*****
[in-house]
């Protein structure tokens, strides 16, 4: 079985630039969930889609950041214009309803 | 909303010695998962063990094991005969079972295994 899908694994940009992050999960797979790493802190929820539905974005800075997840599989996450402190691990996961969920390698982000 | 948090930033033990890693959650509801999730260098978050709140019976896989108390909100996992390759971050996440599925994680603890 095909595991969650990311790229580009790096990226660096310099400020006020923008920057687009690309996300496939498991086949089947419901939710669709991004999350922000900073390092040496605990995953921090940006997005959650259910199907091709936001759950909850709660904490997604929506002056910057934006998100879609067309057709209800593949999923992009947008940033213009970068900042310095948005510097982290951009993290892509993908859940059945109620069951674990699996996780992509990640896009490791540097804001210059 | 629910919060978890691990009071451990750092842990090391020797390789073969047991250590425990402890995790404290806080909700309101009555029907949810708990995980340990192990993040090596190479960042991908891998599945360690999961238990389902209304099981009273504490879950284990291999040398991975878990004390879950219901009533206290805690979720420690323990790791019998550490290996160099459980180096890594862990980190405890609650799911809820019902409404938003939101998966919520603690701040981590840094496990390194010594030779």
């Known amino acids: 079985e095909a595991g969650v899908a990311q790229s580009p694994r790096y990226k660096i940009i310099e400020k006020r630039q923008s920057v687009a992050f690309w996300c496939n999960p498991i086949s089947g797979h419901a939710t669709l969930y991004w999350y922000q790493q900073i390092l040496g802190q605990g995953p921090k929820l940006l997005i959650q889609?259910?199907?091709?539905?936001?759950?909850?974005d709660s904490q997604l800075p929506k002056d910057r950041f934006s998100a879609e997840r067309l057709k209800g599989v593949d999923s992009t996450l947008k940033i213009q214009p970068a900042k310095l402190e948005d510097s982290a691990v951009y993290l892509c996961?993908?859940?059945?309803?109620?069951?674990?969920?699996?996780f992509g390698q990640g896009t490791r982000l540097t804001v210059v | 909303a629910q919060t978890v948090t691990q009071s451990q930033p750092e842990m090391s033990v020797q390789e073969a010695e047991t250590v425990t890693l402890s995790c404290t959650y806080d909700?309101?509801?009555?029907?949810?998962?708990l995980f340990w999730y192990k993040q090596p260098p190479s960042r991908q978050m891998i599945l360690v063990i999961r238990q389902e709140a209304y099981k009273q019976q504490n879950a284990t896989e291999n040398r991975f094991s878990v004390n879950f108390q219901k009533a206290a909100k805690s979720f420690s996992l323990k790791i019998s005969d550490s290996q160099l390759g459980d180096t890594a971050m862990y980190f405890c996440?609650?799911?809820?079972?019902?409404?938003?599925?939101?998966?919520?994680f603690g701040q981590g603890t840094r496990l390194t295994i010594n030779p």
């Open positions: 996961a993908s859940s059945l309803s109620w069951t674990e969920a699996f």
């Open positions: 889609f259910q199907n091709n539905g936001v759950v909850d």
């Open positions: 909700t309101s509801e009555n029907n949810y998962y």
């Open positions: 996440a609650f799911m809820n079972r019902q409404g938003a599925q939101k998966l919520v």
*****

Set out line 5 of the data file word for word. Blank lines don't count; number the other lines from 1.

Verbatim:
């Open positions: 889609f259910q199907n091709n539905g936001v759950v909850d």